We saw a squirrel last week in the trees, and after finding some of our apples eaten on the tree, put it down to the squirrel. The windfall apples are also being eaten, but had assumed it was birds or possibly badgers, but didn’t even think it could be hedgehogs. We’d put an apple and a fat ball in the trap to lure the squirrel, but it seems this is also what the hedgehog enjoys eating. It must have gone in there overnight, as the trap was checked yesterday evening. The hedgehog was unharmed, but as soon as we went to get it out it curled itself into a ball. We put it back into the long grass by the hedge and left it to unfurl itself. There’s no sign of it now, so hopefully it scuttled away into the undergrowth. The squirrel trap has now been moved elsewhere – even though it is exciting to see a hedgehog, we don’t want to end up trapping it every night. We will now be extra vigilant with our piles of wood for the bonfires, and keep a look out for any other signs of hedgehogs around the garden.

Six months on...

Six months on…

Back in January I wrote about one of our projects for 2015 – a wildlife garden. We started by creating a pond from an old bath, and a bog garden from the run off, and then finally sowed and planted the rest of the area with plants that would be beneficial for wildlife. Six months on, and it has really started to flourish. The foxgloves plants which I transplanted from elsewhere in the garden have done well, and attracted lots of bumblebees. These are now going to seed, but the seeds will scatter themselves, giving us plants for next year. The flower seeds (both annuals and perennials) which I scattered are now flowering, with the borage doing particularly well in attracting bees. I’ve seen a few butterflies coming to the buddleia (another transplant), and we’ve seen two toads in the pond. So in a relatively short space of time the area has become full of plants and wildlife, and is doing what we hoped to achieve.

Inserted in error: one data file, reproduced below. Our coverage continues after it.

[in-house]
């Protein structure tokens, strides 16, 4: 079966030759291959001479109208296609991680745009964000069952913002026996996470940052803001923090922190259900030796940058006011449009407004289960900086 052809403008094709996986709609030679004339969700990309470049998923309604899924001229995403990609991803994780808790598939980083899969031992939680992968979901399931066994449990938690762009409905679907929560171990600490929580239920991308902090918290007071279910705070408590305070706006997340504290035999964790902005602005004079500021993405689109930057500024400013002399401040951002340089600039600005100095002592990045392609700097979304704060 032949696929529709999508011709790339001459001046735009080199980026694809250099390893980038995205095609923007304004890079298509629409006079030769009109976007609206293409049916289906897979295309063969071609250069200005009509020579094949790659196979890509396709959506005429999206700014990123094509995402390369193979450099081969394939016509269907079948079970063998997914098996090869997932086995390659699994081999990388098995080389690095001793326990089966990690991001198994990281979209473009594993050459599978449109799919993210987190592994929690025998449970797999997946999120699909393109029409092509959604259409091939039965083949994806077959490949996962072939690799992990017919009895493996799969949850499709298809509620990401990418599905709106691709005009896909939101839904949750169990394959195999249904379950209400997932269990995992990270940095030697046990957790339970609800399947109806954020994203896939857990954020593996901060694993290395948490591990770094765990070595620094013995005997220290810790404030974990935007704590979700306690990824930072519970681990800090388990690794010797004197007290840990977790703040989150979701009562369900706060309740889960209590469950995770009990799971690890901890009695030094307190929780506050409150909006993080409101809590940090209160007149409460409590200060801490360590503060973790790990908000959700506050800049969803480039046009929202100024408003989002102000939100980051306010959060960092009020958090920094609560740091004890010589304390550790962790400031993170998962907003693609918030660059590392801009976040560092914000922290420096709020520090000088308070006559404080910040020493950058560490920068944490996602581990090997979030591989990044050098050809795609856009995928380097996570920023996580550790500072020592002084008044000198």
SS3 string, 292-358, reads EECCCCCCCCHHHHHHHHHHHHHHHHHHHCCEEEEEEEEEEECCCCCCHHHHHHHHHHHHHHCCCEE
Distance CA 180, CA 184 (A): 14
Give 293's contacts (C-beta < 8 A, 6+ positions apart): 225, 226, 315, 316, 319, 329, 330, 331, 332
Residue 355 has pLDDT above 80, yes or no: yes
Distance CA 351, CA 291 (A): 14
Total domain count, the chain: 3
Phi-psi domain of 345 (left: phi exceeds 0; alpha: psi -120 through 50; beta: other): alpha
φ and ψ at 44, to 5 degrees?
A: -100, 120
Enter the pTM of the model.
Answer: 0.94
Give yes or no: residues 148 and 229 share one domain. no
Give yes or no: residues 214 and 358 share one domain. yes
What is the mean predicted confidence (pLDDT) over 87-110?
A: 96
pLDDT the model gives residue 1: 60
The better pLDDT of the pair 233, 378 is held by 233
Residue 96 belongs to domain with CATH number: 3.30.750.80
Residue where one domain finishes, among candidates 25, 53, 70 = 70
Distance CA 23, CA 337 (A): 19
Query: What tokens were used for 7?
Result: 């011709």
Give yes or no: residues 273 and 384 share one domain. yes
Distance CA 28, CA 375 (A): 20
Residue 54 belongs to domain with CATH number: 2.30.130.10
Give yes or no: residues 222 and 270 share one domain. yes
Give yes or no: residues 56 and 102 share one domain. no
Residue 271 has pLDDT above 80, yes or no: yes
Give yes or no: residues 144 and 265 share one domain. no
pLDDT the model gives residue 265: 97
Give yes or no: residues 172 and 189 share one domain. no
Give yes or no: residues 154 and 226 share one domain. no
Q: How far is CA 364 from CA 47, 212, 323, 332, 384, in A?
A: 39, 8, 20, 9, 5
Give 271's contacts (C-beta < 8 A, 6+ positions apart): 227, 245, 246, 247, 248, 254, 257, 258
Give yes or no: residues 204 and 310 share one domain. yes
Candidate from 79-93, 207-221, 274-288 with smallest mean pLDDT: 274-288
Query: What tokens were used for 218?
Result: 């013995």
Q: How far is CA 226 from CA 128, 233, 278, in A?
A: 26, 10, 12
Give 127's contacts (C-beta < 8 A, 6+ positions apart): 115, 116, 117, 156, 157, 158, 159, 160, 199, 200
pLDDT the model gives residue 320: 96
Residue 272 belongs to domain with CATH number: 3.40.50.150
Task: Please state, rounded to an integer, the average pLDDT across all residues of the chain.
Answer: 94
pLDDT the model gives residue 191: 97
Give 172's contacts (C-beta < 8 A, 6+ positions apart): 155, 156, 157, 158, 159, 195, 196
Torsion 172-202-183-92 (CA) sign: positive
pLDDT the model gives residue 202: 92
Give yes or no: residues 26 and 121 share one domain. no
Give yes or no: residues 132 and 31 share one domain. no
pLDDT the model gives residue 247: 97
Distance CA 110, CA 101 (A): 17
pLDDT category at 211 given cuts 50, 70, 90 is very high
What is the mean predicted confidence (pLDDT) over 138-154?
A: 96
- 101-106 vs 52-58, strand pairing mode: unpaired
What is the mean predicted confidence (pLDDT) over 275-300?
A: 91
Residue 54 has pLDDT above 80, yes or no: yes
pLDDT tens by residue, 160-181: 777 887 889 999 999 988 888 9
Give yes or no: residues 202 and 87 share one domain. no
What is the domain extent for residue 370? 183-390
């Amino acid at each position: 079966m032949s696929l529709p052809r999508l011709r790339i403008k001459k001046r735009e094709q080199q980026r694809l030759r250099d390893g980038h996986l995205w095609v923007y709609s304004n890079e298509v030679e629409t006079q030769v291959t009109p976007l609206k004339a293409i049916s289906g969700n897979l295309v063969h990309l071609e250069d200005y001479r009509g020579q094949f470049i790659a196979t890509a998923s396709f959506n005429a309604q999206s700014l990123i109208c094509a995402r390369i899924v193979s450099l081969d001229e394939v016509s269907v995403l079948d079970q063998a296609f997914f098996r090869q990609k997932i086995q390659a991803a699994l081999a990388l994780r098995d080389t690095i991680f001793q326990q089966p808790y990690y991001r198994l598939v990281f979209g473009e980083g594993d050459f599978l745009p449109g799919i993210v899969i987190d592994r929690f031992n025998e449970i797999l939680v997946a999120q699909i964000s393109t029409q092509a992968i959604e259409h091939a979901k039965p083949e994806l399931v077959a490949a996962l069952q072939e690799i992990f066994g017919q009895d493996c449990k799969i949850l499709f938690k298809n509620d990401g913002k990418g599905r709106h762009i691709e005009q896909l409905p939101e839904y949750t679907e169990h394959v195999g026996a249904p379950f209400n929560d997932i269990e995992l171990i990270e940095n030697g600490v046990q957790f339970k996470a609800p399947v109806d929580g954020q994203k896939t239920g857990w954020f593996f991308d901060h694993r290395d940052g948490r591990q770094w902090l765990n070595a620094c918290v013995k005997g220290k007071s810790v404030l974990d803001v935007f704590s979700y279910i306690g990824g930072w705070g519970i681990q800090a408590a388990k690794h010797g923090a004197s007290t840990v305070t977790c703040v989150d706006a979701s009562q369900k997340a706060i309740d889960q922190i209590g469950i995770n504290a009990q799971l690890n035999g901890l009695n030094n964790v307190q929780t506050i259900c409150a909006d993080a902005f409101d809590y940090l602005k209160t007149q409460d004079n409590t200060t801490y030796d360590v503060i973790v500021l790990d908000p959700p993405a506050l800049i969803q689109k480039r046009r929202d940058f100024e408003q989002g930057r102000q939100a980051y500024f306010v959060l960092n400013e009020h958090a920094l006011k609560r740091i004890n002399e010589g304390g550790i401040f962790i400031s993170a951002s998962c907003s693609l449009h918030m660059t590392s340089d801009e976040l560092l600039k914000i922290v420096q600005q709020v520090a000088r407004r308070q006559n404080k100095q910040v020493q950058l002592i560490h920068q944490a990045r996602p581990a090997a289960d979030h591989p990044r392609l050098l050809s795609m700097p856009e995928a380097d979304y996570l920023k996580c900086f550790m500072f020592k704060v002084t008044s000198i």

I’m hoping most of the annuals will seed themselves around, and fill in the gaps, without me having to add extra plants in the following years. The only thing I would like to add is a log pile close to the pond to give somewhere for the frogs and toads to hibernate. I’m not sure if I’ll bother with a “bug hotel”, which seems to be the trendy thing to do when creating a wildlife garden – they look interesting, but of those I’ve come across few seem to have much living in them!

Wildlife garden in the making

Wildlife garden in the making

2015 is already well underway, and as a new year begins so do our various new projects. This year we want to put in place a small wildlife garden, put up some permanent electric fencing in our large field and then acquire some livestock. I’m sure other projects will emerge as the year progresses, as they always seem to whether we plan them or not!

We began the wildlife garden at the end of last year, deciding what we wanted to incorporate and making a plan of where to put everything. Although we’re not short of wildlife in and around our smallholding, we wanted to bring more into the garden where we could hopefully enjoy it more. We also needed to do something with the rest of the old vegetable patch, now that we’ve finished the log store, and could see what space we had left.